Wednesday, February 18, 2015
Our last full day in Japan has arrived. After 2 full days in Kyoto, we are finishing up in neighboring Osaka, which is closer to the airport we will depart from (KIX). Since the weather had finally fulfilled its promise of being miserable - ie: cold and wet - we decided to not stress about doing “sightseeing” and rather just enjoy our vacation.
That meant, first and foremost, not rushing to get out the door at the crack of dawn. We got up and went down the street to grab some breakfast items from a nearby bakery. The rain hadn’t started to pound down yet, but there was a drizzle. We grabbed an assortment of goodies then headed back to the hotel. We had gotten two free coffee vouchers from the hotel and Jessica used one while we enjoyed our breakfast at the hotel restaurant/seating area. While we were down there, we head those British “lads” again at the front desk. They didn’t see us, but we heard them talking to the front desk staff. It sounded like they were checking out and gave the staff a bottle of sake that they couldn’t take with them. Too bad we hadn’t run into them; we would have gladly taken the bottle!
Once finished, we got ready and packed up our stuff. Since we didn’t need to check out until 11am, we decided to make the most of our room and stayed until we needed to leave. We headed out and made a pit stop at a curry house. We’d had a light breakfast and decided that before travel, one really should have a full stomach. Plus, I had been wanting to have tonkatsu (a dish comprised of fried pork cutlet over rice); we’d past this restaurant yesterday and knew we wanted to come back. Jessica loves Japanese curry anyway, so it was a win-win.
We arrived as the restaurant opened and each ordered half-sets of curry. They came quickly and they were delicious! Including a drink the whole set was around 500Y (~$5). A good deal, in my opinion.
We left there and walked along the main street towards Kyoto Station. It was around a mile away, but we had some good scenery as we walked. We walked by another palace/temple place, and I wishes that we’d have been able to go inside, but we had all of our luggage and needed to get to Osaka.
Once we got to the train station, we searched for the right ticket counter. Kyoto Station is quite large and there were hoards of people. We walked by one line (for a bus) that had probably several hundred people in it. Dang!
We got our tickets easily once we found the counter and followed the signs to the correct platform. We boarded and found two of the last remaining seats (not next to each other of course). I wrote yesterday’s blog and we arrived shortly thereafter. It was only about 30 minutes total.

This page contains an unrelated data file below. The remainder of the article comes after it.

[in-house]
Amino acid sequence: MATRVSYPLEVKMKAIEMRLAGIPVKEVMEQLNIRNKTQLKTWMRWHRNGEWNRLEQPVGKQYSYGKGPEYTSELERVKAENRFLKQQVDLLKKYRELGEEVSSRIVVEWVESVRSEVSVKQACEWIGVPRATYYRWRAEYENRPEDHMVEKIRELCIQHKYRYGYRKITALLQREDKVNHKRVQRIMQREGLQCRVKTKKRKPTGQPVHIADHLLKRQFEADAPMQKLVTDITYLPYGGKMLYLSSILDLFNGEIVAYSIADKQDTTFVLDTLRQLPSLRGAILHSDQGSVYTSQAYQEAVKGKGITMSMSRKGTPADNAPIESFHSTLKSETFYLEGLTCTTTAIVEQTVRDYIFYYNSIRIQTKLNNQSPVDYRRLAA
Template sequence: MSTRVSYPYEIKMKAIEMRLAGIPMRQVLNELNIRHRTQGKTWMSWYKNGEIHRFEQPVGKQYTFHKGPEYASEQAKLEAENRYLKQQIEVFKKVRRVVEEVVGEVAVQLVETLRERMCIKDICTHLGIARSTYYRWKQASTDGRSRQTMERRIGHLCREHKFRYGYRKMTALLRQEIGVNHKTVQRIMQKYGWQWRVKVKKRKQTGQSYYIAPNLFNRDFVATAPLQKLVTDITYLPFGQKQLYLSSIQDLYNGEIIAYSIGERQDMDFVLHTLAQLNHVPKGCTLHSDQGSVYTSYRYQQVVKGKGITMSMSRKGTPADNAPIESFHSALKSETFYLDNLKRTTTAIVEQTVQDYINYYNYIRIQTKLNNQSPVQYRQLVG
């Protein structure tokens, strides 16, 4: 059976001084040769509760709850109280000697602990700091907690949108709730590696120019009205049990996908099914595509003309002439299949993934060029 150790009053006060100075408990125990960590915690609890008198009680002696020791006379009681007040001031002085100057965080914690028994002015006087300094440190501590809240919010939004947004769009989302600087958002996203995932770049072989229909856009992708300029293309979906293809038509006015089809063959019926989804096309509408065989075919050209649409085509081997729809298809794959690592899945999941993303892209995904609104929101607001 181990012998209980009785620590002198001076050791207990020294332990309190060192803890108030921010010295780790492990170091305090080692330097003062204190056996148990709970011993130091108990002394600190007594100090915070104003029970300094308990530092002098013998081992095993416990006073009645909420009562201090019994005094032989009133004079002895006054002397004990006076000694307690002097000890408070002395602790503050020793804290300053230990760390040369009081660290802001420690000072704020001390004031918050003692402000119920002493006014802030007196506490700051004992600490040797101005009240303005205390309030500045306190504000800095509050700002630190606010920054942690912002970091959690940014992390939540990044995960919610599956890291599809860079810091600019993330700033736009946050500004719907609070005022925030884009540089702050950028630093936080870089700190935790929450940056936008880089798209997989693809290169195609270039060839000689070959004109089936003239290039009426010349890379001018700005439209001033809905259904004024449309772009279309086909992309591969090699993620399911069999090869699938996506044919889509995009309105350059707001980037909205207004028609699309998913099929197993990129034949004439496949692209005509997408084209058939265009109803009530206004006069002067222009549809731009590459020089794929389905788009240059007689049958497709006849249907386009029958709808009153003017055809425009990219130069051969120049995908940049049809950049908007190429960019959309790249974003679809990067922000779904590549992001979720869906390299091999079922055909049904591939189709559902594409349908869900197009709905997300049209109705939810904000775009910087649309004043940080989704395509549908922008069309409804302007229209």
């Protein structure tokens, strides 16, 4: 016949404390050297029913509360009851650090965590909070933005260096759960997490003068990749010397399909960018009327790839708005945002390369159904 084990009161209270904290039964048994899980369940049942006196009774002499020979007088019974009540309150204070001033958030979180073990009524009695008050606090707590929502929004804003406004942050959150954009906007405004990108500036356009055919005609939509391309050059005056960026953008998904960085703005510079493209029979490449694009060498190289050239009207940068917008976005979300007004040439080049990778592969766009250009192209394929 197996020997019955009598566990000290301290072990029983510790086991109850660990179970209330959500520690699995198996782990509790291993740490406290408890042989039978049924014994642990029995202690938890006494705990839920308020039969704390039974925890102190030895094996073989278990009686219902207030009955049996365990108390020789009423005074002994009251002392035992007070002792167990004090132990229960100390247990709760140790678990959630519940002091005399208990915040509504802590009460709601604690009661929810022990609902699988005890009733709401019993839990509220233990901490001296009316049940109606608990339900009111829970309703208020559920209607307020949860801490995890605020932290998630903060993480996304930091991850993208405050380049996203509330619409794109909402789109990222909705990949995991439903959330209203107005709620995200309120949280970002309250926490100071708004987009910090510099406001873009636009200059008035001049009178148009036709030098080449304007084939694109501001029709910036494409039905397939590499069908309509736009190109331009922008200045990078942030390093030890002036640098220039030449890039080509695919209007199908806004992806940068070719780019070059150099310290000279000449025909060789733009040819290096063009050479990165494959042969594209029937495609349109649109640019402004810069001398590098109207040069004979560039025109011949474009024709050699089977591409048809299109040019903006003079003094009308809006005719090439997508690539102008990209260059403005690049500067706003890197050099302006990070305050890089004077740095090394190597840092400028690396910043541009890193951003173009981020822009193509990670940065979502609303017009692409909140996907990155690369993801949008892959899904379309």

When we got to Osaka Station, we needed to change to another line and head to Tennoji Station. It was supposed to be 190Y, but we weren’t sure if we should walk out of the gates, buy another ticket, then come back in, or if we could add money to our tickets, or what. I found someone official and asked; she told us that we could pay the difference once we got to Tennoji.
We headed to that platform and rode the train another 20 minutes or so to the south part of Osaka where our hotel was located. We arrived and went to the ticket information desk. When I told the man we needed to pay the additional fare, he showed me a calculator that read 380Y. I shook my head no, and told him 190Y? He proceeded to explain to me, in his best attempt at English, that to transfer from Kyoto to Osaka and then to Tennoji, the additional fare was 380; if you were to go out of the gates and buy another ticket, then it is 190. When he showed the 190 again, I nodded vehemently and pointed to it and said “That’s what we should pay!” He shook his head and again told me the same thing. I basically told him that was ridiculous and we left.
Our options were thus: pay the fare (more than double what we had planned to pay); ride the subway back to Osaka station, get out, buy the additional ticket, and come back; try and sneak out. Well, being that we are good law abiding Americans, we decided to try and bust out. We found an exit that wasn’t being watched by the jerk I just talked to (okay, really he wasn’t a jerk, just doing his job, but I’m bitter). I let Jessica go first as she put her ticket in the machine, it gave her an X, and she pushed through the plastic mini-doors. In Korea, if you do that, they just kind of give up and go back to normal; however, Japan doesn’t let you get away with it. It started to beep loudly at her, so she went back through the gates. THEN the doors appeared on the other side instead. Some old Japanese ladies were staring at us and one of them went to a help-phone on the wall and called someone. Cripes, here we were, the OBVIOUS foreigners they just told how to pay the fare, and now we’re trying to break out, caught red handed.
My adrenaline was up, but Jessica wasn’t to be deterred. She pushed through and we fled the scene before officials showed up. Our next plan was to pay the additional fare on one ticket, then both of us sneak through. We split the 360Y to 180Y a piece, then went back to the unguarded gate (by now being cleared of any on-looking Japanese women or jerk-officers. Luckily this gate appeared to be for handicapped or something, so it was extra wide, and we put the ticket in and both walked right through.